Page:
The culture in Upper Canada for prospective land owners in the early 1800s was for them to write to the Executive Council of the governor expressing interest in land. Once the petition was reviewed and deemed qualified, the prospective land owner is granted a location ticket, which assigns them to a specific plot.
Though the land is free, there were some requirements the petitioners were expected to satisfy which included pledging to renovate the property regularly, building a house of adequate size, clearing adjacent roads, and paying fees, according to the County of Simcoe. The Crown then grants a patent or deed for the land once the petitioners fulfill the requirements.
It is in this spirit that 19 free Blacks in 1794 wrote to Governor Simcoe to grant them land to establish an all-black settlement, according to The Canadian Encyclopedia. This was after their military service in the war between Great Britain and America. Though their earlier petition was overruled, it set the stage for the creation of the Oro settlement near present-day Barrie, off Georgian Bay in 1819. Oro became the only government-sponsored black settlement in what was then Upper Canada. It was actually created to place war veterans in a position to defend the Bay against attacks, according to history.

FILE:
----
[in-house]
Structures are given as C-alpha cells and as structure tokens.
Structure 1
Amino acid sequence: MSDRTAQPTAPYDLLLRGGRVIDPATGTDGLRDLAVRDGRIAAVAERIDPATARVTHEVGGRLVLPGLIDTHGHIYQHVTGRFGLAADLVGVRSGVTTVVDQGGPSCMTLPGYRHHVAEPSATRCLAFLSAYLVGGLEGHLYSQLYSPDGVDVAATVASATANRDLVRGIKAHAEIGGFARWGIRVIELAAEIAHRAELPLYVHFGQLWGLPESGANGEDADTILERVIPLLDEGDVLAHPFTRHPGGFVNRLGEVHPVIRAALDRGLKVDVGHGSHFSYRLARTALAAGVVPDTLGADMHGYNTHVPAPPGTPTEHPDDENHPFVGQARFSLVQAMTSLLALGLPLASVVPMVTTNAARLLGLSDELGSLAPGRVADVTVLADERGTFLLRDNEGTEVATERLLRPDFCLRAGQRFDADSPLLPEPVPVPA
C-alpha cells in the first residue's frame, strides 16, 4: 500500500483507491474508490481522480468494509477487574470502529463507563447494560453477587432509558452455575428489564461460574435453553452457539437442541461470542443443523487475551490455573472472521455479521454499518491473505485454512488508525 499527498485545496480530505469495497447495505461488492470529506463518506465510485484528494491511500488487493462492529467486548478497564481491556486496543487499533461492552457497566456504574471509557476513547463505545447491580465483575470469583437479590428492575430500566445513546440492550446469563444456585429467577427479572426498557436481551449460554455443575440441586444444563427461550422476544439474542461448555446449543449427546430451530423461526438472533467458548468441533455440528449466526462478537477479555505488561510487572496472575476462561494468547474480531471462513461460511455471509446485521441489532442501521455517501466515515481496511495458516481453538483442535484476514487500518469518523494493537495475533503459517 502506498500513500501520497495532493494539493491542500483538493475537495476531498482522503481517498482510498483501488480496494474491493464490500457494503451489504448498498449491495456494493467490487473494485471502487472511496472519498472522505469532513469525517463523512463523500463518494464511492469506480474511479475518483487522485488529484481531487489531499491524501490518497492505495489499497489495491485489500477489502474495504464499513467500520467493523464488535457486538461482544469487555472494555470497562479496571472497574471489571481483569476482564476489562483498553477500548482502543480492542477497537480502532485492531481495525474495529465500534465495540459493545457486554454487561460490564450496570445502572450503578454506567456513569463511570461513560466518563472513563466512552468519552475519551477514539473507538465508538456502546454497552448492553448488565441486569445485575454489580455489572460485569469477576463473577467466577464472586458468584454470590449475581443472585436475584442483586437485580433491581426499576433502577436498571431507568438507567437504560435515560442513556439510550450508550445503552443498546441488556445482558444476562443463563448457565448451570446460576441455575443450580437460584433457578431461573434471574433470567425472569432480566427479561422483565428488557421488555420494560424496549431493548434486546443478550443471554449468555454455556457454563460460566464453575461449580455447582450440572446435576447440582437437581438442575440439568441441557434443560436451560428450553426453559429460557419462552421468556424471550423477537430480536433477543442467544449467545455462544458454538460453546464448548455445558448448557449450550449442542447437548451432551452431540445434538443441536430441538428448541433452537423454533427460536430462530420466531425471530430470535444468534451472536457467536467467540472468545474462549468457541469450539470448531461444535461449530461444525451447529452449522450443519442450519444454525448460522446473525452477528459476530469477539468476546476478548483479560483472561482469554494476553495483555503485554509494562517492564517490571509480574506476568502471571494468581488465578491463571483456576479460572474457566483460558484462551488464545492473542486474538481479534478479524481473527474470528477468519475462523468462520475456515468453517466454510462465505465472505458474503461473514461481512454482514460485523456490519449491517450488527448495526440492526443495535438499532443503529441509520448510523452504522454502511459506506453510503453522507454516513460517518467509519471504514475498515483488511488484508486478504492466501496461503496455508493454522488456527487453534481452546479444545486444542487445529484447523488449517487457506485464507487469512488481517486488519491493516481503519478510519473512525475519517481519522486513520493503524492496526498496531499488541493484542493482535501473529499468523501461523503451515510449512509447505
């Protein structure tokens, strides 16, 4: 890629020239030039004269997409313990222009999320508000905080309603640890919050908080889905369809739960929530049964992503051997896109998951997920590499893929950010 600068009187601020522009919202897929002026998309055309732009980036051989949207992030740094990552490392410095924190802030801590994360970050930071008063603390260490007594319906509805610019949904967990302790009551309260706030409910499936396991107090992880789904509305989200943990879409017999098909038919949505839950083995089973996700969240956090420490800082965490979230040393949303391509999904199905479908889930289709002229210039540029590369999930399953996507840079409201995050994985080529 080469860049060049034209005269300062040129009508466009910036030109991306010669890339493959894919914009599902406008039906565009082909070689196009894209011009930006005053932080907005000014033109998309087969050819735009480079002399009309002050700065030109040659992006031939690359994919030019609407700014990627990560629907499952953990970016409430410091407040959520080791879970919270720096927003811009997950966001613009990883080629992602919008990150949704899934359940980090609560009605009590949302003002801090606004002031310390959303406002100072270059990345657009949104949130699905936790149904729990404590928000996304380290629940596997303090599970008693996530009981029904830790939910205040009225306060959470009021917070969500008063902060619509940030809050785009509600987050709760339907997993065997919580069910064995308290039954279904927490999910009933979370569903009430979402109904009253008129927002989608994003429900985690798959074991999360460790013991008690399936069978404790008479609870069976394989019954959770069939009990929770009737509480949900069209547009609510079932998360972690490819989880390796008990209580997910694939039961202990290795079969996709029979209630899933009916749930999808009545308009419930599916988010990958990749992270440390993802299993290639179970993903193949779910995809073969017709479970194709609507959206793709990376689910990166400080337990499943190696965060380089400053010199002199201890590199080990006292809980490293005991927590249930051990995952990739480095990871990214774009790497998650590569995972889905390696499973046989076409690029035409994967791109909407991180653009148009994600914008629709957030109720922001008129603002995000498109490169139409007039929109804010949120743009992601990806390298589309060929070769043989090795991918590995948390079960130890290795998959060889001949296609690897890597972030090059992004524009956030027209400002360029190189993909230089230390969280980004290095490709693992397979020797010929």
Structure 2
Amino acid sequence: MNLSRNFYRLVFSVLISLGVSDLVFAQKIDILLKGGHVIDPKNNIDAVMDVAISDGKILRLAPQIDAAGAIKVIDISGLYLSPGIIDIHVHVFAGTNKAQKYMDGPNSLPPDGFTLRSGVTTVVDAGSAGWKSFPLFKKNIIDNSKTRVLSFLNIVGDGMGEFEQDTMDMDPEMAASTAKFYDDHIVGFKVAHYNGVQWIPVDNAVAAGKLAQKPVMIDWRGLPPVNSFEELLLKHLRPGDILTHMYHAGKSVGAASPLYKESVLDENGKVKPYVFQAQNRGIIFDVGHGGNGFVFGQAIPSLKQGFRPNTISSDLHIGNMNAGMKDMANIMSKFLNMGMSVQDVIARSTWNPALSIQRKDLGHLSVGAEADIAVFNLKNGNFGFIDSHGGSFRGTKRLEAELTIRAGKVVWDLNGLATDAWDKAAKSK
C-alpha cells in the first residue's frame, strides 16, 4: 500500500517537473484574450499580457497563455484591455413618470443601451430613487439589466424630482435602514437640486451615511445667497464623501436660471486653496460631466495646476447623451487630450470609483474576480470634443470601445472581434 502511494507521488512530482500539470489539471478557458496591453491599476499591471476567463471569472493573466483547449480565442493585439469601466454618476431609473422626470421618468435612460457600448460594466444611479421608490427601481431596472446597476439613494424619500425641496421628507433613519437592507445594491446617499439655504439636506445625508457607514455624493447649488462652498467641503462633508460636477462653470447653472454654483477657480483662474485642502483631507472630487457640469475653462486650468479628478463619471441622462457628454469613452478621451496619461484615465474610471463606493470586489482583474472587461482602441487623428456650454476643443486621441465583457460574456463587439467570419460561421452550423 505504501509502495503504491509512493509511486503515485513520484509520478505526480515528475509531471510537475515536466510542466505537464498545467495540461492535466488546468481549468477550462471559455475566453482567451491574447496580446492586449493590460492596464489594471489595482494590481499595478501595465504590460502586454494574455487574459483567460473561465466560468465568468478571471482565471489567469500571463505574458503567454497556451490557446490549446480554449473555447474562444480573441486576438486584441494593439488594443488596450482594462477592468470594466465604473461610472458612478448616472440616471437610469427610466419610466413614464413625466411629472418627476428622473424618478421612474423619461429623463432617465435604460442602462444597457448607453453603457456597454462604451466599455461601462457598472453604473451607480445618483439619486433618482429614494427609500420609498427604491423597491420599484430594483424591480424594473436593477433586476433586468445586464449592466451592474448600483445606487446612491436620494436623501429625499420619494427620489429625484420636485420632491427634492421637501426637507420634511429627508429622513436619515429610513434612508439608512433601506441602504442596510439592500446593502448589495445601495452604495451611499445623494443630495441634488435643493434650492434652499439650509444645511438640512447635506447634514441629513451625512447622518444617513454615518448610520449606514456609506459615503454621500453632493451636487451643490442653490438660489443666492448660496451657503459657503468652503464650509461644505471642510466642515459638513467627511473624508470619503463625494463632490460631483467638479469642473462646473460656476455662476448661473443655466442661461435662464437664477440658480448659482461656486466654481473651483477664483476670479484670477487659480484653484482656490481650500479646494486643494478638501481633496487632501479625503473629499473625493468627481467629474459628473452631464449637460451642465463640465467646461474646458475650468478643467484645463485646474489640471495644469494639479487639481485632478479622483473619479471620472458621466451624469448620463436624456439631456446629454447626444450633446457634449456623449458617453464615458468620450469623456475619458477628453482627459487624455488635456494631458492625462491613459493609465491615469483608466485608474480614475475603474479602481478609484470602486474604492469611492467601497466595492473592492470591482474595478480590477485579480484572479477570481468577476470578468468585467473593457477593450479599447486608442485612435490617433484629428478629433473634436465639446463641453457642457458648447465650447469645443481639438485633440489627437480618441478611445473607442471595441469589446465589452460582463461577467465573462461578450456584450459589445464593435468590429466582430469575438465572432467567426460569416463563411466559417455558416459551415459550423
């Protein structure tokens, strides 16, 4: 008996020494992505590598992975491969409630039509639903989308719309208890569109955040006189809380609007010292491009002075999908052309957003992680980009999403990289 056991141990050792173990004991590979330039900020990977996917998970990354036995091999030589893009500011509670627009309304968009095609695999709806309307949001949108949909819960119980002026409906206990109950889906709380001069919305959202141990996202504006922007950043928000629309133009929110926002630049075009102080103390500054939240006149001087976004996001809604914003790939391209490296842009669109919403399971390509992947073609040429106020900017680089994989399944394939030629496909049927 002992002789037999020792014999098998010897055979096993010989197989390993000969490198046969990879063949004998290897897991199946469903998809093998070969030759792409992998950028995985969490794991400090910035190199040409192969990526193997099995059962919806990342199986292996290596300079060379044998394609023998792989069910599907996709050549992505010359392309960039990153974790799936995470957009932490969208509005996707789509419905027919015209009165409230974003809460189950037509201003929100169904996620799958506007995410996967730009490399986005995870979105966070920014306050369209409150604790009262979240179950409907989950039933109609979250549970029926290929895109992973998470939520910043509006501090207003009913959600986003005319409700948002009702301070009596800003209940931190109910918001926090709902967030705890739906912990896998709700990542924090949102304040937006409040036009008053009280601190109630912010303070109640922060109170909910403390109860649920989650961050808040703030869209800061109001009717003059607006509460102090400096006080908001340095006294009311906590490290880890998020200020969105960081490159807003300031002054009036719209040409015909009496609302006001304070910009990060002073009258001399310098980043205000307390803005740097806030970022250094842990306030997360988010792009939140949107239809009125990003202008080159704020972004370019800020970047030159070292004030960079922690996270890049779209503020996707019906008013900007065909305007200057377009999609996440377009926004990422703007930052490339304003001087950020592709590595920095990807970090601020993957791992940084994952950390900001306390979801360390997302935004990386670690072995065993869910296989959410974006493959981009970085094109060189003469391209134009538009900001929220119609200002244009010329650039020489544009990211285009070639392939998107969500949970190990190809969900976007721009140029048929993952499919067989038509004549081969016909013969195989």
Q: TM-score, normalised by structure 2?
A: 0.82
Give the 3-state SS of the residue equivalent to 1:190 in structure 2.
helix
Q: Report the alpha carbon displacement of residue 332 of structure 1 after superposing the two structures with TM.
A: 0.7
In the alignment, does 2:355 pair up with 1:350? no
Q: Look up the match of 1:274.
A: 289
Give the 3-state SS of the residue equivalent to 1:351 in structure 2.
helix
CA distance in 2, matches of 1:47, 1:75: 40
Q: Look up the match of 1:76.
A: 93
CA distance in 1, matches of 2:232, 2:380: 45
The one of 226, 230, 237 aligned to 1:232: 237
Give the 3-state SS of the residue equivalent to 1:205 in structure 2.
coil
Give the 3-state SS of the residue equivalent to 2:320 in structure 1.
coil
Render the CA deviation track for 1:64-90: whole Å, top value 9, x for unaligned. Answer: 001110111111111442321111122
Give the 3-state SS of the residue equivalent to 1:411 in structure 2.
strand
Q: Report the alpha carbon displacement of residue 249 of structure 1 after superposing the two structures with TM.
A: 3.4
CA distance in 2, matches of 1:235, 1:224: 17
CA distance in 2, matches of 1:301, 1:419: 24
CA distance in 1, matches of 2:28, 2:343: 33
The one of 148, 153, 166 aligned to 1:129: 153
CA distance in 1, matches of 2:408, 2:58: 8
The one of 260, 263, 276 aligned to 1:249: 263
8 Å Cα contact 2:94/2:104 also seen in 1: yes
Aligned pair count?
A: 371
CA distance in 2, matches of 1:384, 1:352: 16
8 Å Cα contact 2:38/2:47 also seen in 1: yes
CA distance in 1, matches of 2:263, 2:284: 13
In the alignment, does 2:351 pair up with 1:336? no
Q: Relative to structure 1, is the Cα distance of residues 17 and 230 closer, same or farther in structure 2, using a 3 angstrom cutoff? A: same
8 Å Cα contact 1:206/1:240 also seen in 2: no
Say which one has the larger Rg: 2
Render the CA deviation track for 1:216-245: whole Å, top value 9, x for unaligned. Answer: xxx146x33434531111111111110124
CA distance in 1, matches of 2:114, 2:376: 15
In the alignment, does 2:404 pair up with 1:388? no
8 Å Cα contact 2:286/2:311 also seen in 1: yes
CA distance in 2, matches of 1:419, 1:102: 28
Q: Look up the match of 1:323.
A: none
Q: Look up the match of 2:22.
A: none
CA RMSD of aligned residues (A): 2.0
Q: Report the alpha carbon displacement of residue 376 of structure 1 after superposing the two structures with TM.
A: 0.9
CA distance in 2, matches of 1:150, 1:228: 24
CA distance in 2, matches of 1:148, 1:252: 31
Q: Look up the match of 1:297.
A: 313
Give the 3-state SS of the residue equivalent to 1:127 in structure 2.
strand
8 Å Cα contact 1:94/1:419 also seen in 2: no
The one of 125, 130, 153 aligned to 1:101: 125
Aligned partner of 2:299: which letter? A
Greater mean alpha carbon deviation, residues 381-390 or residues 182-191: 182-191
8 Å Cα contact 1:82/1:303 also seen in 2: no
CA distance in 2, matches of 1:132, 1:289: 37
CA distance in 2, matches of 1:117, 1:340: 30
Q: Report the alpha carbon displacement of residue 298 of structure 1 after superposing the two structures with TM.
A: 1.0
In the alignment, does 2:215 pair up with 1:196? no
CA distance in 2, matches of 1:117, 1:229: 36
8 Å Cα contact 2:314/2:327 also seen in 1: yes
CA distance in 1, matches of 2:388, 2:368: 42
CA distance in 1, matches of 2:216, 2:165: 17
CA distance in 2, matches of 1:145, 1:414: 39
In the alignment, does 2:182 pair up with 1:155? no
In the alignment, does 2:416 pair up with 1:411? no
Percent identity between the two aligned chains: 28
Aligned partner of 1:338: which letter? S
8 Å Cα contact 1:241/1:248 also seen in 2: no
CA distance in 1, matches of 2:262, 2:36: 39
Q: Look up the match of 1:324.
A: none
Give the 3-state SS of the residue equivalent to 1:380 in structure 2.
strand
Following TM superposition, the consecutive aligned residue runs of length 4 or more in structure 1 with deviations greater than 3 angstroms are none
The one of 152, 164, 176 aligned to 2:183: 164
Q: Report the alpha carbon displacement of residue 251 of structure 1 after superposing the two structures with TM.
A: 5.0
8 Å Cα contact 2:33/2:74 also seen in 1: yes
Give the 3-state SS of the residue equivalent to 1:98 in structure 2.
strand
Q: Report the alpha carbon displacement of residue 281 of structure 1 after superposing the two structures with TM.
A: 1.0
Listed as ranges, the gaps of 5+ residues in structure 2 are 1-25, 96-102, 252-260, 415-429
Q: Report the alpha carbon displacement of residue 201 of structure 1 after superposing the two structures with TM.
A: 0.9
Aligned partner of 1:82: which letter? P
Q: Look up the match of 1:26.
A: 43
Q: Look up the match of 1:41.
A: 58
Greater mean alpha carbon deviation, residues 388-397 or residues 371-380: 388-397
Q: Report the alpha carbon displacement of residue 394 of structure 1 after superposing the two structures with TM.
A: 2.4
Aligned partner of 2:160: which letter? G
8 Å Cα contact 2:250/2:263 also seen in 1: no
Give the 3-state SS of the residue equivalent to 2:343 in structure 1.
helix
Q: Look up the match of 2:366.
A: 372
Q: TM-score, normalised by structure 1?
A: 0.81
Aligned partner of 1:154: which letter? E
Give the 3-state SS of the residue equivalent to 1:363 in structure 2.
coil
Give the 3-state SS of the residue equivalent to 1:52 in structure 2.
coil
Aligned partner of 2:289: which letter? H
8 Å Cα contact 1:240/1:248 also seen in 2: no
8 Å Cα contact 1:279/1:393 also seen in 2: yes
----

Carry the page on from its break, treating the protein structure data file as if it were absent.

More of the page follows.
The settlers inhabited the enclave during two periods in history – from 1819 to 1826 and from 1828 to 1831. Nine residences were built during the first period and by the second period, Oro had 100 community members. While some were veterans of the Coloured Corps operating out of the Niagara area, others were allowed by the government to settle in the area to farm and start a new corps to defend Georgian Bay, Black History in Ontario said. Some of the community members were also former slaves of the Canadian colonies and of the U.S.
Being one of the earliest black settlements in Ontario formed out of government planning, Oro flourished for decades. But it later saw a drop in its population after farmers left in the 1940s thanks to poor soil conditions and harsh weather. Still, descendants of some of the first Black settlers continued to be in Oro for almost 130 years, and in other parts of Simcoe County to the present day, the County of Simcoe said.
Oro also left behind the Oro African Methodist Episcopal Church, which is now a National Historic Site of Canada.